Review: English National Ballet - Choreographics, A Letter To.. - The Place
English National Ballet’s choreographic showcase has been an annual fixture in the company’s diary for some time. But this year, dancers brought their work to a much wider audience at the London home of contemporary dance, The Place.
The evening was introduced by Associate Artist George Williamson, who reiterated Artistic Director Tamara Rojo’s aim to make ENB “the most creative ballet company in the UK”. And staying true to this ambition, this year’s choreographers were all mentored by multidisciplinary dance artist Kerry Nicholls and collaborated with emerging composers from the Royal College of Music.
There was one stand out piece – Tamarin Stott’s Work in Progress, which explored dancers’ inner monologues while preparing for performance. In rectangular cells of light, four dancers (Barry Drummond, Shevelle Dynott, Désirée Ballantyne and Araminta Wraith) combined repetitive warm-up movements with frustrated jerky twitches. To a soundtrack of electronic noise and fragmented voices by Ryan Cockerham, the work perfectly captured the feeling of a mind overcrowded with thoughts and anxieties.
The other four works weren’t so successful. Makoto Nakamura considered differing emotional responses to mortality in a trio entitled A Fruitful Death. With movements reminiscent of MacMillan’s The Rite of Spring, a sense of desperation and helplessness was effectively conveyed but the choreography lacked innovation.
Stina Quagebeur’s Domna took inspiration from Philip Larkin’s poem Places, Loved Ones. I have been a huge fan of Quagebeur’s work in the past but this felt unfortunately clichéd and over-dramatic with girls in black dresses staring ferociously at Nathan Young until he was overpowered and fell to the floor.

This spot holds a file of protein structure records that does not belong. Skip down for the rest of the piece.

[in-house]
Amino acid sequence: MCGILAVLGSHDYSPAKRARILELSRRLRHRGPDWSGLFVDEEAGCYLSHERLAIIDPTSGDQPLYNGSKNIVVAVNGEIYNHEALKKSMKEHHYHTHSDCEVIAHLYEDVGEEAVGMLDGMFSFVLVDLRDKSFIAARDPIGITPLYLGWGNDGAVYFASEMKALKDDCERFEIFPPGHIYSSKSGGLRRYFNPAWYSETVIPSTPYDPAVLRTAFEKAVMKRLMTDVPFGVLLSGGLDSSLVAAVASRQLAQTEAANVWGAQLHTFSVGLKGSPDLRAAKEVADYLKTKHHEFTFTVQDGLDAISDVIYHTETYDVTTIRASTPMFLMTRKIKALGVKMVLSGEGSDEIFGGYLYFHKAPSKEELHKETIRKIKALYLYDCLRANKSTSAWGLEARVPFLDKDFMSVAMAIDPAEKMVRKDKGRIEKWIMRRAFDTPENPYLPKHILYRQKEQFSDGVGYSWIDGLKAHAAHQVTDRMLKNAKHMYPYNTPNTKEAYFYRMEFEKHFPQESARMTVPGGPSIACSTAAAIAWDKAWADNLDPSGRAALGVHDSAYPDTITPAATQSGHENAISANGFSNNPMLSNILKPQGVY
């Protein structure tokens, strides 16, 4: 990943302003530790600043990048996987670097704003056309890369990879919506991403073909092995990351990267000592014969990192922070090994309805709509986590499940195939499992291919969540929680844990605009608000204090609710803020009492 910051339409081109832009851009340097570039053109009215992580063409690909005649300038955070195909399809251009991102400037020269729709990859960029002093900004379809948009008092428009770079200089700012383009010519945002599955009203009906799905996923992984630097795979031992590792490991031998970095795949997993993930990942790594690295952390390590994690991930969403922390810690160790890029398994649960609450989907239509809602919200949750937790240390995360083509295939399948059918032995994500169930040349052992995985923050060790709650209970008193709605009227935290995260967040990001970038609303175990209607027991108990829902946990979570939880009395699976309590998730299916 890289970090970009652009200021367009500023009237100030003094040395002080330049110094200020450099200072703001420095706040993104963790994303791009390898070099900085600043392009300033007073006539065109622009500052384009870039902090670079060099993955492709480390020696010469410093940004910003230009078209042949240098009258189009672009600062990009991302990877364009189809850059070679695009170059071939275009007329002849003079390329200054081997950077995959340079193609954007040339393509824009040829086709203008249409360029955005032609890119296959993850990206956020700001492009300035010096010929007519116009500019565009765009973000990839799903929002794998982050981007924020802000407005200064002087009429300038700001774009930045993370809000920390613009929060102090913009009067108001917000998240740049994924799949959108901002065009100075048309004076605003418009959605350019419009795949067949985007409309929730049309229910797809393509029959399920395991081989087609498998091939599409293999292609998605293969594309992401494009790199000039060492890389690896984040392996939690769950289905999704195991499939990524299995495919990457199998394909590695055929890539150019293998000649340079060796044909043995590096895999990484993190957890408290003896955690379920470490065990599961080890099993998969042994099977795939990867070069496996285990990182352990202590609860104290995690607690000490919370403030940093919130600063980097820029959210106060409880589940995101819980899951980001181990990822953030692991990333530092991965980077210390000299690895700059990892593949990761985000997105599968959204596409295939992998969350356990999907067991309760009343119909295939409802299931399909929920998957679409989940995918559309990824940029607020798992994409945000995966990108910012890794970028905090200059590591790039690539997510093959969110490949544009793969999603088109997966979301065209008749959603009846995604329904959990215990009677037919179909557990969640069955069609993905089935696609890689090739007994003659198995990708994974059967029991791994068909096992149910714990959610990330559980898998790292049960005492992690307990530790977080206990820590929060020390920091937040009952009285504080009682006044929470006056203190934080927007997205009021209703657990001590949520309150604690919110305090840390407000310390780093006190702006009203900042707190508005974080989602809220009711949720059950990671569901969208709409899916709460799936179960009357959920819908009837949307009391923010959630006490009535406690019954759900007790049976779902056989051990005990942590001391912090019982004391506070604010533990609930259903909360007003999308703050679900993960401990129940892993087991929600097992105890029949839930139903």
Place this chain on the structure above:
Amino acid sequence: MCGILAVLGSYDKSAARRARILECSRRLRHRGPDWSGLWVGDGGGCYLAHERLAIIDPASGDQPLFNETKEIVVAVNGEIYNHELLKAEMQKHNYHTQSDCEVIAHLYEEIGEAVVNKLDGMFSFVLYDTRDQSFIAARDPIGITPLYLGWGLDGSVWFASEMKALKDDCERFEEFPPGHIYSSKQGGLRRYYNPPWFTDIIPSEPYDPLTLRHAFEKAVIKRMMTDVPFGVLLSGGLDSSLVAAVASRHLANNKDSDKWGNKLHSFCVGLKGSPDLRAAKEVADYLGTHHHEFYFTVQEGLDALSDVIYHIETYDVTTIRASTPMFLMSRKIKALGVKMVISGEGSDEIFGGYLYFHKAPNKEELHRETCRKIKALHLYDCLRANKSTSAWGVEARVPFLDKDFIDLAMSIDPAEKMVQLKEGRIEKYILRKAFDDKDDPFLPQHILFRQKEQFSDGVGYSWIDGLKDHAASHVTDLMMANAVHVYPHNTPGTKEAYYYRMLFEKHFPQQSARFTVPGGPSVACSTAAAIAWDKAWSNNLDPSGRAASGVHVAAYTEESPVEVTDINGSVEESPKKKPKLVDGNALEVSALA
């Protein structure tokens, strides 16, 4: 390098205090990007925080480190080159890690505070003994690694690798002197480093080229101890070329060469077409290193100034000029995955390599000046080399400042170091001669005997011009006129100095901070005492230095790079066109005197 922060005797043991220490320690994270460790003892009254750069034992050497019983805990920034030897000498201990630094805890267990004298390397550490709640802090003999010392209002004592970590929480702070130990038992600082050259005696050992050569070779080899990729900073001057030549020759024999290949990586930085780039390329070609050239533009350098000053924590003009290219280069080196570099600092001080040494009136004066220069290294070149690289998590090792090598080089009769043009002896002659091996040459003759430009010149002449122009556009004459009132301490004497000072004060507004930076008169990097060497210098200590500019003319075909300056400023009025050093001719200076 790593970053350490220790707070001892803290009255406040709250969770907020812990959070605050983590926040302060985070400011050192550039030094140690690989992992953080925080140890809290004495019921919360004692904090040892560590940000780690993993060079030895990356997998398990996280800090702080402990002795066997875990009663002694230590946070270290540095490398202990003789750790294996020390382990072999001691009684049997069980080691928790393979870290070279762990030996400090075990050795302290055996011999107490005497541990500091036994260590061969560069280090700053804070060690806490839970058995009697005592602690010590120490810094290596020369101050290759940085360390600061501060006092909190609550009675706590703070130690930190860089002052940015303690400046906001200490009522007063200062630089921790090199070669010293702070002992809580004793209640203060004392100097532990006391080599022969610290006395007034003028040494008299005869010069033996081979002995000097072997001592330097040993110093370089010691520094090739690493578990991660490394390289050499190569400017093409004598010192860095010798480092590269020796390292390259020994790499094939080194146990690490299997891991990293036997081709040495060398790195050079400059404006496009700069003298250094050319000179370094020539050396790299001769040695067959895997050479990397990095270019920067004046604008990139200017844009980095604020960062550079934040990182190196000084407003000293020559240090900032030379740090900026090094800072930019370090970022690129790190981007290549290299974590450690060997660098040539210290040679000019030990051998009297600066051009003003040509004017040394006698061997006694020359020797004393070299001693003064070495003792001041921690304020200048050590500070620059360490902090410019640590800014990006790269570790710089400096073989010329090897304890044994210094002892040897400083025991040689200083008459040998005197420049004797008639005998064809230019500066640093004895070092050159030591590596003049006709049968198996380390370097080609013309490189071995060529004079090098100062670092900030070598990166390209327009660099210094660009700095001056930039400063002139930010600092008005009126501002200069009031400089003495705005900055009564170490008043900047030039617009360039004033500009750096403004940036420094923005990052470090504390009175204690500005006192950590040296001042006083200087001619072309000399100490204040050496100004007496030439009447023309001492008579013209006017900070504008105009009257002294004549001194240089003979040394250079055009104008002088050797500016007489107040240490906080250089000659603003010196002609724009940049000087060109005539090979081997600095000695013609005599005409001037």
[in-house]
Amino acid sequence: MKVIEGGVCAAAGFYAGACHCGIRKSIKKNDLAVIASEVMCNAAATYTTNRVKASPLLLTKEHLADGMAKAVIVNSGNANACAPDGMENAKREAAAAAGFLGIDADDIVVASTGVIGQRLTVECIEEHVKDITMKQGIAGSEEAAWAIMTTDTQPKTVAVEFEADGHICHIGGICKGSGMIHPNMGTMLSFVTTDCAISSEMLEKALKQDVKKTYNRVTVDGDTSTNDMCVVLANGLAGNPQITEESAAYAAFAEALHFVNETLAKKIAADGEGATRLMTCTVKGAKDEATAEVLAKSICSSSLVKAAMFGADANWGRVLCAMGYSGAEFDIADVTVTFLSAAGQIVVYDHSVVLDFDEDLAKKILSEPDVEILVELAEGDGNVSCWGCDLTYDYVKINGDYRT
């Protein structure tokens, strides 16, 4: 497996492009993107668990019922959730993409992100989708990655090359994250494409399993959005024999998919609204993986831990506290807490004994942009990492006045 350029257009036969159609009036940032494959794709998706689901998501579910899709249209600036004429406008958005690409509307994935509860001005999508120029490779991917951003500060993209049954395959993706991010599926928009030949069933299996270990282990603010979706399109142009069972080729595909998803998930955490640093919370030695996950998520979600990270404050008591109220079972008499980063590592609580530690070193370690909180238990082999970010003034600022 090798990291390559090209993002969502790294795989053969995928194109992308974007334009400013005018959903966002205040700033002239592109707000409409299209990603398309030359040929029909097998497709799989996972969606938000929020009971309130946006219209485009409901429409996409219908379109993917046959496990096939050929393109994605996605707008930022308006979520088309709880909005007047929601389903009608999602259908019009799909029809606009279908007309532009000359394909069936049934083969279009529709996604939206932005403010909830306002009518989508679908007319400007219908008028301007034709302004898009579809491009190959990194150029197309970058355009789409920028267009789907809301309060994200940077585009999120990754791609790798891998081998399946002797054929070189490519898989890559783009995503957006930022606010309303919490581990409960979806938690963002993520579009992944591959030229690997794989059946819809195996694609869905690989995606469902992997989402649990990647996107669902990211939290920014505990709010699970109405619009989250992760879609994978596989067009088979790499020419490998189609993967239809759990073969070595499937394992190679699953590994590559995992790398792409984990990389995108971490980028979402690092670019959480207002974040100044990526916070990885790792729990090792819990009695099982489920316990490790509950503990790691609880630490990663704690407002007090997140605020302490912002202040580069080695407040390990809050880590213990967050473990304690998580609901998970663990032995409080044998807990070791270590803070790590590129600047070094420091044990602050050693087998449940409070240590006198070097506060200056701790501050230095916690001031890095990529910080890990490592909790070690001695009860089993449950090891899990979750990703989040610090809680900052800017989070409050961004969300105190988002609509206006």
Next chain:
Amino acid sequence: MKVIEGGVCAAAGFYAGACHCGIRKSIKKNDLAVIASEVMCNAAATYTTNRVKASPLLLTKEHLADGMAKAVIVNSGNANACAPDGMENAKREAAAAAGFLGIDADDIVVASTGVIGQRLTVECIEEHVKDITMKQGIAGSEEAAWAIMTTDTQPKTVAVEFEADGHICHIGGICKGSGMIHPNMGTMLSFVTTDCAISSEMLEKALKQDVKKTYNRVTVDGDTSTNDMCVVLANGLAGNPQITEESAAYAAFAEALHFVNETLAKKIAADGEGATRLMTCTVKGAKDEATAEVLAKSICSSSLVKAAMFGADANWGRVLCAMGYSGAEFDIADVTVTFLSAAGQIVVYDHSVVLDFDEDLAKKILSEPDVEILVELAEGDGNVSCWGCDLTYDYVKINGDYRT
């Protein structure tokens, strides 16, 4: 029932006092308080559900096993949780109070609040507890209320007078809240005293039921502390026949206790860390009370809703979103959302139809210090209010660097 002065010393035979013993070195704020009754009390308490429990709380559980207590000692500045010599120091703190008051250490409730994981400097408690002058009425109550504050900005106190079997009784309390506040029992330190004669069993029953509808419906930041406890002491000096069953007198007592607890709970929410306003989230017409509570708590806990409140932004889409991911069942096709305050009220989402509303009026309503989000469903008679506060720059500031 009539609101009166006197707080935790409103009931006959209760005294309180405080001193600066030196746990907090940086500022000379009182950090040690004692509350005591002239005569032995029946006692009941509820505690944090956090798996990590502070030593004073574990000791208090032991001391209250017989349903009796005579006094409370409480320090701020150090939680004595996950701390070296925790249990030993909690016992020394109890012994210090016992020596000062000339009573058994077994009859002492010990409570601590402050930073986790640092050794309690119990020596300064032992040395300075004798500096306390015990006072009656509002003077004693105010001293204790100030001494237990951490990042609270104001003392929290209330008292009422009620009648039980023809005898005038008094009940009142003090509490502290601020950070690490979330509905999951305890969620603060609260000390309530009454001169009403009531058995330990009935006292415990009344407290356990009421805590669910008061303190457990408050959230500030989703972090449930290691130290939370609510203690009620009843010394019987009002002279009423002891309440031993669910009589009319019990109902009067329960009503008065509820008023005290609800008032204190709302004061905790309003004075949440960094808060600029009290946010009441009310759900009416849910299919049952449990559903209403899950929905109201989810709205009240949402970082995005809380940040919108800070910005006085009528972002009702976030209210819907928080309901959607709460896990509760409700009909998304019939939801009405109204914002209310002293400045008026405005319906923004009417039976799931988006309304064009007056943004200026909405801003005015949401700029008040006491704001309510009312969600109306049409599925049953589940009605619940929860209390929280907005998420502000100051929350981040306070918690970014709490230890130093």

In Waiting for the One, Anton Lukovkin investigated the different stages of human relationships through choreography for three couples and one lone female. There were some interesting ideas, particularly a pas de deux tilt with the girl held around her neck, but the piece lacked consistency as a whole.
Fabian Reimar’s cohesion explored the notion of particles sticking together through pas de deux with differing levels of touch between partners. Most interesting was Nancy Osbaldeston and Laurent Liotardo’s intricate floor-bound duet.
Accompanying music by Gerardo Gozzi, Laurence Osborn, Raquel Garcia Tomas and Andrew Baldwin may well represent the nature of contemporary composition, but was not to my taste. With piercing and disjointed sounds, the only way to describe it is using critic Donald Hutera’s words on Twitter: “tortured strings”.
Laurent Liotardo’s films introduced each work with rehearsal footage and the choreographer describing their intentions. Whilst they are beautifully shot and it is wonderful to gain an insight into the creative process, they force viewers to see the works in terms defined by their choreographers, rather than just interpreting what is seen onstage. I suggest these films be put online so that audience members can choose whether or not they wish to watch.
Nevertheless, Choreographics is an important part of English National Ballet’s calendar and I wholeheartedly support the platform it provides to test out creative ideas. In many ways, the details of the works don’t matter – the important thing is that ENB is giving its dancers a choreographic voice.
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Laura Dodge writes for a number of publications including Dancing Times, The Londonist and English National Ballet’s Dance is the Word blog.
Photo gallery: Chantal Guevara [Includes Emmeline Jansen’s Hooked – the winning choreography from English National Ballet School ‘s Choreographics competition, which was also performed as part of the programme.]
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